Although Metro stations like Palm Deira have put up signboards about the fish ban, passengers continue to flout the rules, risking fines of Dh110-Dh210. Image Credit: Zarina Fernandes/XPRESS

Dubai Commuters are sneaking fish on board Dubai Metro despite fines, XPRESS has learnt.

Tactics include putting fish in airtight bags to keep in the smell and concealing the package in handbags, backpacks and oversized money belts that go around the waist.

But not everyone gets through — Metro staff zero in on passengers carrying fish in open plastic grocery bags as the odour gives them away. Random checks on fishy travellers at times also uncover the banned cargo.

Palm Deira station

Particularly dicey for both passengers and staff is the Palm Deira station — located right next to the fish market. There is an enormous no-fish sign at the entrance and smaller ones on the doors and inside the station.

Still, dozens of risk takers are caught at the station every month, said a staff member showing receipt books filled with "fish carrying" fines.

It is believed fish has been banned because of strong odour.

"Why did they put a Metro station bang at the fish market if fish aren't allowed on the Metro? I'm annoyed. I came here by Metro and want to buy fish but how do I take the fish back with me?" an Indian fish lover complained.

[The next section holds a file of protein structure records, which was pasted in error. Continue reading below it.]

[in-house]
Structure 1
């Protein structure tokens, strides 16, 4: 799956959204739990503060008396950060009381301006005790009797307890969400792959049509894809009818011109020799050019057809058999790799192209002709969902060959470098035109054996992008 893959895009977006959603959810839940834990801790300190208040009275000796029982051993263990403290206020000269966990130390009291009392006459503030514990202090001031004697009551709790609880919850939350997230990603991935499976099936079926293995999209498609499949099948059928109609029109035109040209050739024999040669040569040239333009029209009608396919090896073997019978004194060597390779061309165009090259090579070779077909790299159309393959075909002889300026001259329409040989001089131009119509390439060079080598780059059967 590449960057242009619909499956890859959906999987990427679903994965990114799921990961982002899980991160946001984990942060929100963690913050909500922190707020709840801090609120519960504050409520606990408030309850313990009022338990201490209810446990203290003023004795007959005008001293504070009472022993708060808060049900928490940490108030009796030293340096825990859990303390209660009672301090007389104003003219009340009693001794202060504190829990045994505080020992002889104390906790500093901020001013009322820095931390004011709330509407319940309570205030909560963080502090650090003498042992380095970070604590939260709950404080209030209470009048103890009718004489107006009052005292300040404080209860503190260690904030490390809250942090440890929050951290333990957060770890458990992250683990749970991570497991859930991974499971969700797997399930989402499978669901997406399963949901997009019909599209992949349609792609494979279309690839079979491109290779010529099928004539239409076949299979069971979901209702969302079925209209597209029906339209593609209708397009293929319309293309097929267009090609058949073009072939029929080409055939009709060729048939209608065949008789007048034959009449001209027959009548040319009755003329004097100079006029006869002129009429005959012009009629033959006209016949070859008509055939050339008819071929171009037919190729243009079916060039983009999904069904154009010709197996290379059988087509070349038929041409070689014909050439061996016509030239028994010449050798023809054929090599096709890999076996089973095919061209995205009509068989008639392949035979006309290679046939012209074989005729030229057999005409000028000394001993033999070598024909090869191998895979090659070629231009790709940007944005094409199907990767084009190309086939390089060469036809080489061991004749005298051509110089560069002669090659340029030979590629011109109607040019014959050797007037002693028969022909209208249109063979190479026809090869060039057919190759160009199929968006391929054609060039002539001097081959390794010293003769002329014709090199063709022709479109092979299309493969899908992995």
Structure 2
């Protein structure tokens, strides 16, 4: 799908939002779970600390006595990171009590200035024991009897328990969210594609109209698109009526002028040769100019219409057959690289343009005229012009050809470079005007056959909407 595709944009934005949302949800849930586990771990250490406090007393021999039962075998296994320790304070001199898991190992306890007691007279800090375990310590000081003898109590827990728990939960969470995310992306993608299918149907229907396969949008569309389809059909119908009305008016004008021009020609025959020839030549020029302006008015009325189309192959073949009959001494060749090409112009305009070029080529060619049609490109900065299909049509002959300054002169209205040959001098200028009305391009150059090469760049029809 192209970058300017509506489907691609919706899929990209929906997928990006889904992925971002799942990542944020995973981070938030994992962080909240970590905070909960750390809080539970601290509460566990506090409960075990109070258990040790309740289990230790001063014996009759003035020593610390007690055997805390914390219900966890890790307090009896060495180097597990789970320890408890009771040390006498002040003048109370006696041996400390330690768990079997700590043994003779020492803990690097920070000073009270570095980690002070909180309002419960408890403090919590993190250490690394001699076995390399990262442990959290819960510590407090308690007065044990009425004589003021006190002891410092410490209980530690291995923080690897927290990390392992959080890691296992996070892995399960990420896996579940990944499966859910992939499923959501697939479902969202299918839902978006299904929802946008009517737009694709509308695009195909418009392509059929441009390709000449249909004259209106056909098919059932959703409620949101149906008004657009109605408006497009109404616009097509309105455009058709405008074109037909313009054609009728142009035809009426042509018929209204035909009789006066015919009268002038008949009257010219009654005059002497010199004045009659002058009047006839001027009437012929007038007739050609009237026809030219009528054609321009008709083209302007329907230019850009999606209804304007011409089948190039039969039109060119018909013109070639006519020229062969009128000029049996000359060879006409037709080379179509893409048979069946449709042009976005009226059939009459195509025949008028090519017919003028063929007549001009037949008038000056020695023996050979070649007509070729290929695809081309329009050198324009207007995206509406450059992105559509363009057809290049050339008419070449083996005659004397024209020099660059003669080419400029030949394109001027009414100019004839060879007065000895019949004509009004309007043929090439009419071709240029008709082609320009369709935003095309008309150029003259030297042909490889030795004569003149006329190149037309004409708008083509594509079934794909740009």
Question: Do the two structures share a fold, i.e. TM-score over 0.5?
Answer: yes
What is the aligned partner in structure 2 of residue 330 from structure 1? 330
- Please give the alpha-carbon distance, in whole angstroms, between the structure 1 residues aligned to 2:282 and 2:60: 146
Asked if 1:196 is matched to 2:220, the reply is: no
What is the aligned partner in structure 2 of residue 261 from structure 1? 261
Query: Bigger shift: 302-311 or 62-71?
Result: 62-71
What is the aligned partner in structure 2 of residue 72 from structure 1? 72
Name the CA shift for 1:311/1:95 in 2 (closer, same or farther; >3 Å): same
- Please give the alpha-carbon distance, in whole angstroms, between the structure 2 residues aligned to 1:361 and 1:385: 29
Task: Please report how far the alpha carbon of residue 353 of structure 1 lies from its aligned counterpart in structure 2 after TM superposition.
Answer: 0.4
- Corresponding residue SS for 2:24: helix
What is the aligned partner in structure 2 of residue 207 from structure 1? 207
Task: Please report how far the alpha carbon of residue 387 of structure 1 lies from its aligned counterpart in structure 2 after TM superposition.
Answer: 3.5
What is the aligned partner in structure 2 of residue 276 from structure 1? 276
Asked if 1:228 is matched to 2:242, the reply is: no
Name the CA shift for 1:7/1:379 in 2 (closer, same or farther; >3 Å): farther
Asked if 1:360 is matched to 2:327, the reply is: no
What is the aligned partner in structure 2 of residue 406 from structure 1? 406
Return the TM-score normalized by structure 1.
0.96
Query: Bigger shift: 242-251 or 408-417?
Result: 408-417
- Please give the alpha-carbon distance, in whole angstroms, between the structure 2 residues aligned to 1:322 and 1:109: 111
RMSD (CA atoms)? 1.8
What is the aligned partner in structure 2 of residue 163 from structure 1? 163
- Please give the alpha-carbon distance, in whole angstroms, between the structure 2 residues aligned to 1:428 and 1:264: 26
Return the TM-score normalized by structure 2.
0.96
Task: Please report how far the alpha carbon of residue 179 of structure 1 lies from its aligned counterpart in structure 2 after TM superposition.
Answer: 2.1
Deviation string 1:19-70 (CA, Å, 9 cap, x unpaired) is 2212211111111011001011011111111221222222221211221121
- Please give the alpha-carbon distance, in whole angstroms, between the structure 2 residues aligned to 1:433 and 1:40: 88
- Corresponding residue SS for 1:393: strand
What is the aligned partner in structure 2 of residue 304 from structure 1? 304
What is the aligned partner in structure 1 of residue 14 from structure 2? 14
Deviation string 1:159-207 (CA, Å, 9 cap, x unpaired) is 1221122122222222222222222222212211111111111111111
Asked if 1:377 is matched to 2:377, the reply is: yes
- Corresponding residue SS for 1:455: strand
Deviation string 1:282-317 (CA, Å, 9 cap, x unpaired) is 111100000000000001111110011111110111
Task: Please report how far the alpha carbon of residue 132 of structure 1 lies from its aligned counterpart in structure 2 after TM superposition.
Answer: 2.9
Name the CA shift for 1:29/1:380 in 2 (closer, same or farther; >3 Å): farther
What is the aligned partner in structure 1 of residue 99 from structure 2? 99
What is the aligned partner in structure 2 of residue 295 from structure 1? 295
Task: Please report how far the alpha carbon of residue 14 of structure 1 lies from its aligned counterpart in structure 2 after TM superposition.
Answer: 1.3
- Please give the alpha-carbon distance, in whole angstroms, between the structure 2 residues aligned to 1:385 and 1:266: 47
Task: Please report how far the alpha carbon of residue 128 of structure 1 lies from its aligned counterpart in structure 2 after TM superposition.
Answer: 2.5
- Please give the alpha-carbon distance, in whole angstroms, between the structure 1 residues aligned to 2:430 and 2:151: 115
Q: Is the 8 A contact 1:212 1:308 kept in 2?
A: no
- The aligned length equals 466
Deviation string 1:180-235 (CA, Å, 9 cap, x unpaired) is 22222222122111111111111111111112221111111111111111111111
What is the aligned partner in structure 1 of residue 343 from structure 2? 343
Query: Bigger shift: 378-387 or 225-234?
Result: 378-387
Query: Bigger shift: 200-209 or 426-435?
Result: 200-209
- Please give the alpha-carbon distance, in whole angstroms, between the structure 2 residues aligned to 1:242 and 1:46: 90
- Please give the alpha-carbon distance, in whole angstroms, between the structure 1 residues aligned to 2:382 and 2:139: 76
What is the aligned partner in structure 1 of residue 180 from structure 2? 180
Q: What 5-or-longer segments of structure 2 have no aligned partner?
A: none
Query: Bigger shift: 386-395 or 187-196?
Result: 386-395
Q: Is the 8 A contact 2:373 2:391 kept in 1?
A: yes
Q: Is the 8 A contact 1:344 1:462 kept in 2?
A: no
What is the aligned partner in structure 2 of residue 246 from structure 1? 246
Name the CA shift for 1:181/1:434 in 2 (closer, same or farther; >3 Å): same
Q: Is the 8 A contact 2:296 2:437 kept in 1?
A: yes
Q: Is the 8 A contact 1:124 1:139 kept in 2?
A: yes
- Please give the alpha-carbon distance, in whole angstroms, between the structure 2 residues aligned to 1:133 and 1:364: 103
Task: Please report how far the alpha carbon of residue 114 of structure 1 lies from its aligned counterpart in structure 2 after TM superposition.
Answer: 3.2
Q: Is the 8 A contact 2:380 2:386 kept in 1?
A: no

Fish sellers at the market said one alternative was to have the fish fried — for Dh5 a kilo — and eaten on site. Others suggested taking the bus or taxi home.

Fresh fish at the Carrefour supermarket next to the Al Ghubaiba Metro station are packed in sealed bags on request. A fish counter employee said the bags have become popular with shoppers heading to the Metro.

But his colleague said the bags have always been routine.

A Metro cashier at the Al Ghubaiba station said "you could risk it" when XPRESS asked her about the chances of getting on board with fish.

"We don't catch so many here, it's more at Palm Deira," the cashier explained.

The fines were variously put at Dh110 and Dh210 by cashiers and information booth attendants at Metro stations. They said all stops have no-fish signs, but several regular Metro users said they had never seen one nor heard about the rule.

"I haven't heard about it, but it's a good idea. It's bad enough smelling armpits at rush hour, you don't need to add fish to the mix," an Indian passenger said.